I have a chainlink fence and a pit bull.he was going under fixed that but now he’s going over it and been into 3 fights.I was wanting to put a hot wire or 2 along the top. Can it be done and how and what will I need please

    • Tee

      Hi Virginia, Yes this is possible. I would definitely put a hotwire along the bottom and top of the fence. All the tools and equipment that you will need are listed in my post. First I would run the hotwire along the whole bottom perimeter of the fence using hotwire insulators (I explain about these in my post). Once you’ve run the wire all the way around the bottom, continue to run the line up high around the top, securing it with more insulators that I just mentioned about. There is a pic in my post showing examples of the hotwire at the top and bottom of the fence. Once your dog gets reprimanded a couple times by the hotwire, he will definitely respect the fence and keep a safe distance from it 😉

  10. Karla

    Hello, for those of you whose dog(s) are afraid to go into the yard after getting shocked, I’ve always had success walking them near the fence and saying “Owie-Owie”. Then I walk them away and go back and say the same thing several times. Then I let them off the leash and let them go near it by themselves and say the same thing. Of course, they may go out alone and get shocked, but they learn fast. All I have to tell mine now is “Owie-Owie” when they are loose and I’m walking off the property alone. They stay inside the fence even though I open the gates. I have German Shepherds and they used to scoot underneath the 4 board horse fence.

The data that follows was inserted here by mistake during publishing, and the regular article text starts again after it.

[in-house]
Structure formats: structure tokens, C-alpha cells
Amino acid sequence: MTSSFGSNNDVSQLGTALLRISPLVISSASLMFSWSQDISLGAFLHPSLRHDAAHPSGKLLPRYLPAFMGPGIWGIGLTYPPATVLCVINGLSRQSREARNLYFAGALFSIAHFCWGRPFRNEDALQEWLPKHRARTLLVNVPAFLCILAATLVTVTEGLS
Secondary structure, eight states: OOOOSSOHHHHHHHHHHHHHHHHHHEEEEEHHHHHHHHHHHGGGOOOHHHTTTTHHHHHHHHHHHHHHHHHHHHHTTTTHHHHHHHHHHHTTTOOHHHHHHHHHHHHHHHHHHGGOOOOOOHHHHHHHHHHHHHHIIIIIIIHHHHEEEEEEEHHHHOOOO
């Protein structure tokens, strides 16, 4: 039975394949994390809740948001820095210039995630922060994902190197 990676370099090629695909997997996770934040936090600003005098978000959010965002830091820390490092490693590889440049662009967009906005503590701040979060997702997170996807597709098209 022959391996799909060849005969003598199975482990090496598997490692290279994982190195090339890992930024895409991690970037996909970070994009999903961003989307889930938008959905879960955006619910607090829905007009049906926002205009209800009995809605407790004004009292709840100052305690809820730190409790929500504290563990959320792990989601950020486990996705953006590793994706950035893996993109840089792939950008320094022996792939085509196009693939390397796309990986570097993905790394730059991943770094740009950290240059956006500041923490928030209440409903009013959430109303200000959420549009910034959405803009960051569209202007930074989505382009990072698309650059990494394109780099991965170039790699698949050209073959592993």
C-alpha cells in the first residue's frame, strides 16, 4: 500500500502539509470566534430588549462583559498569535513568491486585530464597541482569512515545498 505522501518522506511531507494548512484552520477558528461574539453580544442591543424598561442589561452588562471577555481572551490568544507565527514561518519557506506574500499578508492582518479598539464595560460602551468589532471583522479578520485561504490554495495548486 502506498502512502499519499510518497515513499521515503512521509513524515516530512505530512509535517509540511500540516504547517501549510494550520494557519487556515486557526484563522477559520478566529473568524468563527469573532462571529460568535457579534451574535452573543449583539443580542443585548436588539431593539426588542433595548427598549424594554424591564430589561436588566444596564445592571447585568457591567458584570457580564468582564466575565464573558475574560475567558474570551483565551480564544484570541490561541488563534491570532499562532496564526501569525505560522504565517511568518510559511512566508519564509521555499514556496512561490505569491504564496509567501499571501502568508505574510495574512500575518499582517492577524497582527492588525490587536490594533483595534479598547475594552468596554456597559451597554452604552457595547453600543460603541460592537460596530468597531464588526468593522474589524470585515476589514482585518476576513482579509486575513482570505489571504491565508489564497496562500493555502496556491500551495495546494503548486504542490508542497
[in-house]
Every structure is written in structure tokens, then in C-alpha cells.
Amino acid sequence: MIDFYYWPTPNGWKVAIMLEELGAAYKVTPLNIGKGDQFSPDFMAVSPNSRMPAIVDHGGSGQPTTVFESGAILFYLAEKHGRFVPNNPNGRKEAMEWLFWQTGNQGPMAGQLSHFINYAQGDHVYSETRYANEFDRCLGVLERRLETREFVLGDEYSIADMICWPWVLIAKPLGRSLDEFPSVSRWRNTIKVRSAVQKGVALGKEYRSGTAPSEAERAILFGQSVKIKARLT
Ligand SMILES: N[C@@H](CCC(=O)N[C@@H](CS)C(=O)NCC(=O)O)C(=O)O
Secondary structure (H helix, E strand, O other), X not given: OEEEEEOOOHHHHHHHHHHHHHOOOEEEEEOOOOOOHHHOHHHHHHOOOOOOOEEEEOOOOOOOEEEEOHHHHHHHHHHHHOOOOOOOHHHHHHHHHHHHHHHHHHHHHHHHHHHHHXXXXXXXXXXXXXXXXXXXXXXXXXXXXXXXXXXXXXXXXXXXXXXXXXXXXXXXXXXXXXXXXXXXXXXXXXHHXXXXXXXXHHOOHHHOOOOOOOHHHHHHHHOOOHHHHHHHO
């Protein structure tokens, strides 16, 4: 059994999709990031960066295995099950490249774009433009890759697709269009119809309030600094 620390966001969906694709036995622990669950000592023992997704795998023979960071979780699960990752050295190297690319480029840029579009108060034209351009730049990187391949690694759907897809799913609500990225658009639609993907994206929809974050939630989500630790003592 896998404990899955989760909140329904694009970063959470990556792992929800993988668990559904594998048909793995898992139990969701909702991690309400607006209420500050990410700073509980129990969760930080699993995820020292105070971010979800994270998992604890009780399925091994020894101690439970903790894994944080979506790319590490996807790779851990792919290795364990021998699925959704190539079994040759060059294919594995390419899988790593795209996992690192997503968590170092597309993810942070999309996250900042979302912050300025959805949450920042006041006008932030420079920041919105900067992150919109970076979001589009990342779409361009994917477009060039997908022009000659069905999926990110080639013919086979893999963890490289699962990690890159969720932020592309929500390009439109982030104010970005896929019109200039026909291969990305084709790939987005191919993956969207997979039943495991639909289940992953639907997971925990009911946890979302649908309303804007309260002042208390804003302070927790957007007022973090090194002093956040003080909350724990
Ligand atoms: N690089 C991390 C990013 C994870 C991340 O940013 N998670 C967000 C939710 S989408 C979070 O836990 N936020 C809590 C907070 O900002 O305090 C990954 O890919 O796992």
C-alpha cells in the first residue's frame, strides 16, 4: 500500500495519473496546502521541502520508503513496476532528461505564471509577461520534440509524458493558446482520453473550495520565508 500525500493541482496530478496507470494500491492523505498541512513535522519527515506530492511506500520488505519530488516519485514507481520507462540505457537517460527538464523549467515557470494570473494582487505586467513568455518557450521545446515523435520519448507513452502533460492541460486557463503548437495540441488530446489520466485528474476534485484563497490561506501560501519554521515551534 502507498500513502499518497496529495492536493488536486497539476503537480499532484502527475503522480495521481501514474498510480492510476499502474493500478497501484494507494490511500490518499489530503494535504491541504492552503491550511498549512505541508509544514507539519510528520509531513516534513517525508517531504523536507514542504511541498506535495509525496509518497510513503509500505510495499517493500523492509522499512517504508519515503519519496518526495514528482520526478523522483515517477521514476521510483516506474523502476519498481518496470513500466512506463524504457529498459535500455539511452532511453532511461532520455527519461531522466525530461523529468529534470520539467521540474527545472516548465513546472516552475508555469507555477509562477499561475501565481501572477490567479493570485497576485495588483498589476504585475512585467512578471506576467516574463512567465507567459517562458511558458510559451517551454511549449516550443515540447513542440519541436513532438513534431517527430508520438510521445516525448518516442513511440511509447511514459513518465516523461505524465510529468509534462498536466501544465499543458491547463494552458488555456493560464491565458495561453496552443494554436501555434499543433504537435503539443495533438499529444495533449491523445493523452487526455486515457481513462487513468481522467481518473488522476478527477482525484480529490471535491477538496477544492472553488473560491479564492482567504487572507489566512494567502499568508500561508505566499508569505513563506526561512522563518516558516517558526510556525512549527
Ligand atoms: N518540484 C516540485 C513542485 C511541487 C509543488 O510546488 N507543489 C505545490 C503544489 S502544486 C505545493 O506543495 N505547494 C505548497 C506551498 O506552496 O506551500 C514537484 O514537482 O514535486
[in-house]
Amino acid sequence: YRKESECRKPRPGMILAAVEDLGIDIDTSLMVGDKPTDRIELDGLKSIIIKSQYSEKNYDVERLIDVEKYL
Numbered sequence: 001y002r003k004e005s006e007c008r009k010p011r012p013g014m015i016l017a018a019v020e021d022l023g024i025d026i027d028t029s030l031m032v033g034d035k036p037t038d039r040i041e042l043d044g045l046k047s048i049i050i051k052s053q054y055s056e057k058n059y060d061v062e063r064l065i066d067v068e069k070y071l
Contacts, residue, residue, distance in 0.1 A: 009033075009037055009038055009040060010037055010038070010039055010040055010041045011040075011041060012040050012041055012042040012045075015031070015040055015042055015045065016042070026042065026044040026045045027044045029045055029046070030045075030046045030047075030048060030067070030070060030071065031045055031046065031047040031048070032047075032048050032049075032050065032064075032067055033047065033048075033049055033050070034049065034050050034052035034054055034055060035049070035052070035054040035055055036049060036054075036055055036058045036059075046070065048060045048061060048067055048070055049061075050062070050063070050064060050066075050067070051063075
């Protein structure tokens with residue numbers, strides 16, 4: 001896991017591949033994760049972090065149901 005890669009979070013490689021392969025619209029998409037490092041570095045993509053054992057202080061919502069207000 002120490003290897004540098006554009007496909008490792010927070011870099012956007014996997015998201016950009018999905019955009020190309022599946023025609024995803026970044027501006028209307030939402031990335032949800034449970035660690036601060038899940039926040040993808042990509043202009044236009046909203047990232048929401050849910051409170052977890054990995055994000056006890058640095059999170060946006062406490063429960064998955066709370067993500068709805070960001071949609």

11. Ellen

    Can I zip tie the charger directly to my chain link fence instead of drilling holes in my house siding to hang it?

    • Tee

      Hi Ellen,

      Yep, zip ties would work just fine ! 🙂

      • Angel

        For some reason our hot wire fence is not working, we’ve had multiple people with experience take a look at it and nobody can figure out what the issue is.
        My dogs dig out everyday. We used the galvanized grounding rod, and the aluminum wire. We have one grounding rod ( is this the reason why we’re not getting the connection we need?)
        Because nothing we do seems to work.

        • Tee

          Hi Angel,
          Hmmm…yes, I would add a couple more grounding rods, as you may not be getting a strong enough ground to run electricity through the wire. Good luck!

  12. Rachel

    I’m considering trying to make a “mini” hotwire. There’s a product called “scatmat” that makes a fabric strip you can lay on your counter and when touched it shocks the offending counter surfer. But they charge about $50 for it. Would you have any tips or ideas on how to make a small hotwire to string across the counter edge? Even if it’s powered by a small battery? My main problem is I’m electrically inept. I have no clue where to start. Thanks